Options for mitigation in transportation are not considered to be vulnerable to climate change. For transport there are no obvious links between mitigation and adaptation. Any adaptation of the system to climate change, e.g. more air conditioning in vehicles, is not expected to have a significant long-term impact on mitigation.
184.108.40.206 Commercial and residential buildings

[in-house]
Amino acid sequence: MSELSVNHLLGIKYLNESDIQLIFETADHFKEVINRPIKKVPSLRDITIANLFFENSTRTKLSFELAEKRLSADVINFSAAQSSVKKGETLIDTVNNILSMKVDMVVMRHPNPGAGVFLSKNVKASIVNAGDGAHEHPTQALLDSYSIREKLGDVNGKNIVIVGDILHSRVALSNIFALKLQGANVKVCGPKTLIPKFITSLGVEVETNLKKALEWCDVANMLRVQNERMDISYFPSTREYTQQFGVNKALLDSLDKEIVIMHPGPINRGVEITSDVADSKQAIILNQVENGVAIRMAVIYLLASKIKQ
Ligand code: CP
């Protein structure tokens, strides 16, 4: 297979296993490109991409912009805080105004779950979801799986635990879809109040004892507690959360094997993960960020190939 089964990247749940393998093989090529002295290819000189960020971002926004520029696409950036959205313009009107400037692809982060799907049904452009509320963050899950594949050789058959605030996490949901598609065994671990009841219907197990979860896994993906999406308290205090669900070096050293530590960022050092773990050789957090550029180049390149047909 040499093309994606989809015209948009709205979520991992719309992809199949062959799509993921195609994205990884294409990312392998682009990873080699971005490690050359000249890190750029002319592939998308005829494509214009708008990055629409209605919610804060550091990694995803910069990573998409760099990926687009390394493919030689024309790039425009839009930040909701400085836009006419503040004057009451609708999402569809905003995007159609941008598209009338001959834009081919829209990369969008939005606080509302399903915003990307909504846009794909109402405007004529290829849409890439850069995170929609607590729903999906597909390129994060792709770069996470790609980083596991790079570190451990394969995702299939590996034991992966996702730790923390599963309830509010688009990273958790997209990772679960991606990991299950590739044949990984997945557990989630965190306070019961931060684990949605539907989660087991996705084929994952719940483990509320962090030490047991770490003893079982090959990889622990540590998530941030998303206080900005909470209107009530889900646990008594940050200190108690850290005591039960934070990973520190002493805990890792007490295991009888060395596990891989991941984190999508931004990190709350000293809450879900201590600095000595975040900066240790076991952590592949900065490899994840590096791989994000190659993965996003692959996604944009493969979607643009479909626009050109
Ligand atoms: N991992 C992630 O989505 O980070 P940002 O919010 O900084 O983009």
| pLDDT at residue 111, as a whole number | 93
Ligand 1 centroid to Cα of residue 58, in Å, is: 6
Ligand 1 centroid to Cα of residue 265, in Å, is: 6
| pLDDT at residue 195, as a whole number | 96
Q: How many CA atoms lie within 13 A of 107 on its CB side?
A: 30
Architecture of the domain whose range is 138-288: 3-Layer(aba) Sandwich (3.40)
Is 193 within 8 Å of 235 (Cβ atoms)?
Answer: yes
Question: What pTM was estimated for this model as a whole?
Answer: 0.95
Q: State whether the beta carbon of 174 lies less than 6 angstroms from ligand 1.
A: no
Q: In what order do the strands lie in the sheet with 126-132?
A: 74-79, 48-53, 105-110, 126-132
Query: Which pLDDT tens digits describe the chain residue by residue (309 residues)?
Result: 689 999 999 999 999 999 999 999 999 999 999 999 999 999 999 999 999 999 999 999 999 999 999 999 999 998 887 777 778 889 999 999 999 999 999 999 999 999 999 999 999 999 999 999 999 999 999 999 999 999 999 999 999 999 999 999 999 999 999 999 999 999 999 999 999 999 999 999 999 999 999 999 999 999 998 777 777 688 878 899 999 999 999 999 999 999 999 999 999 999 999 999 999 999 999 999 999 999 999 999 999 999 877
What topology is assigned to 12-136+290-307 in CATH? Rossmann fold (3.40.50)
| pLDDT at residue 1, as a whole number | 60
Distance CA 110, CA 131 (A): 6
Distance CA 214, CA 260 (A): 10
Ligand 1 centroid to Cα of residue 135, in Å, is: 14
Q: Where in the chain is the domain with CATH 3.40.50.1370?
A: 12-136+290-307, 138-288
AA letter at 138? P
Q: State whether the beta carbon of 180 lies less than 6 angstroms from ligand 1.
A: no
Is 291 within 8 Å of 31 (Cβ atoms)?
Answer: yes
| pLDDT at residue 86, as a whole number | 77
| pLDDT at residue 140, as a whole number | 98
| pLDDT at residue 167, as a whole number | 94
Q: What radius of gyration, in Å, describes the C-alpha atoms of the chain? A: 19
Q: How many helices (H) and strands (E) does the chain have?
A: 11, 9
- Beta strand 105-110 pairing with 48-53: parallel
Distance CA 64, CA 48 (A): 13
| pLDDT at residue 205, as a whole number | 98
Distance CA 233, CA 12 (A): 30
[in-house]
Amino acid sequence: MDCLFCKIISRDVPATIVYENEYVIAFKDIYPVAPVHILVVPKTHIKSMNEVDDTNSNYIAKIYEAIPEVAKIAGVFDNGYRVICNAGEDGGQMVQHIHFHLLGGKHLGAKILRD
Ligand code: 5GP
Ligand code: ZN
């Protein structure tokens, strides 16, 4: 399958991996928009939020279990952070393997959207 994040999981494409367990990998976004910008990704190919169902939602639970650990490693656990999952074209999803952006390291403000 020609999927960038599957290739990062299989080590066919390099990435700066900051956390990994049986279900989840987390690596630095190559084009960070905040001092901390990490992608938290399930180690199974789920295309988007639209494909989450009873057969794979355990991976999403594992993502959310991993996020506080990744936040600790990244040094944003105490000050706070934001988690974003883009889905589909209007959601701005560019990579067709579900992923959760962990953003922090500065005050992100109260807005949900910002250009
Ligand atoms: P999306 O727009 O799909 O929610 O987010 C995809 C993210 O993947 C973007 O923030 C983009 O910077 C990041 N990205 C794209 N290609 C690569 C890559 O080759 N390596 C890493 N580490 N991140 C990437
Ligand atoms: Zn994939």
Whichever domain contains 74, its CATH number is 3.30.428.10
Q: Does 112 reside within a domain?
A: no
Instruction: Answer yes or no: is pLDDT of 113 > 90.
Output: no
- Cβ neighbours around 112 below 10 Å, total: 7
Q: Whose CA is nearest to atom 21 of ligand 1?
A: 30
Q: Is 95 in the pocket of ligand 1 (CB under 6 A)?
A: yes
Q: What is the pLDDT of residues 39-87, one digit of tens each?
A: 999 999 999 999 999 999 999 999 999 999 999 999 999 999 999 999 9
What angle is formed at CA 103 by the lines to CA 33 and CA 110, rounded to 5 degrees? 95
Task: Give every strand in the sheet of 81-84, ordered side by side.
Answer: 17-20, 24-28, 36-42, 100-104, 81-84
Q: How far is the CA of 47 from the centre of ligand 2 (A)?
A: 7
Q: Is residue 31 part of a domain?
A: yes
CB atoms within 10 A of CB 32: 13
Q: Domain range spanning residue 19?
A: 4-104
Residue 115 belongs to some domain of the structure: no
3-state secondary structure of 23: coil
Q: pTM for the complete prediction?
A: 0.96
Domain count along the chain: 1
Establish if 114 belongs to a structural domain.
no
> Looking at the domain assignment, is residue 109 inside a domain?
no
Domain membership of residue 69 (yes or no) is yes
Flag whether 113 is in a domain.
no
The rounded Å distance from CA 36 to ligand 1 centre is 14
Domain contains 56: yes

While it is clear that the impact of climate change on commercial and residential buildings could be massive, particularly as a result of extreme events and sea level rises, there is less appreciation of the major synergies that are possible between adaptation and mitigation. Modern architecture rarely takes the prevailing climate into consideration, even though design options could result in a considerable reduction in the energy load of buildings, and improve their adaptation to a changing climate (Larsson, 2003). Nevertheless, there is a relatively small amount of literature exploring adaptation-mitigation linkages for new and existing buildings. One example is cool-roof technology options for adapting to higher temperatures. These options also provide mitigation advantages by reducing electricity use and CO2 emissions. At the same time, cool roofs contribute to reducing the formation of ground level ozone. An example of a conflict between adaptation and mitigation is the effect of a sizeable increase in heat-waves in urban centres. An increase of this kind could intensify pressure for the penetration of inefficient air conditioners, increasing power demand and CO2 emissions, as was the case during the heat-wave of 1–14 August 2003 in Europe.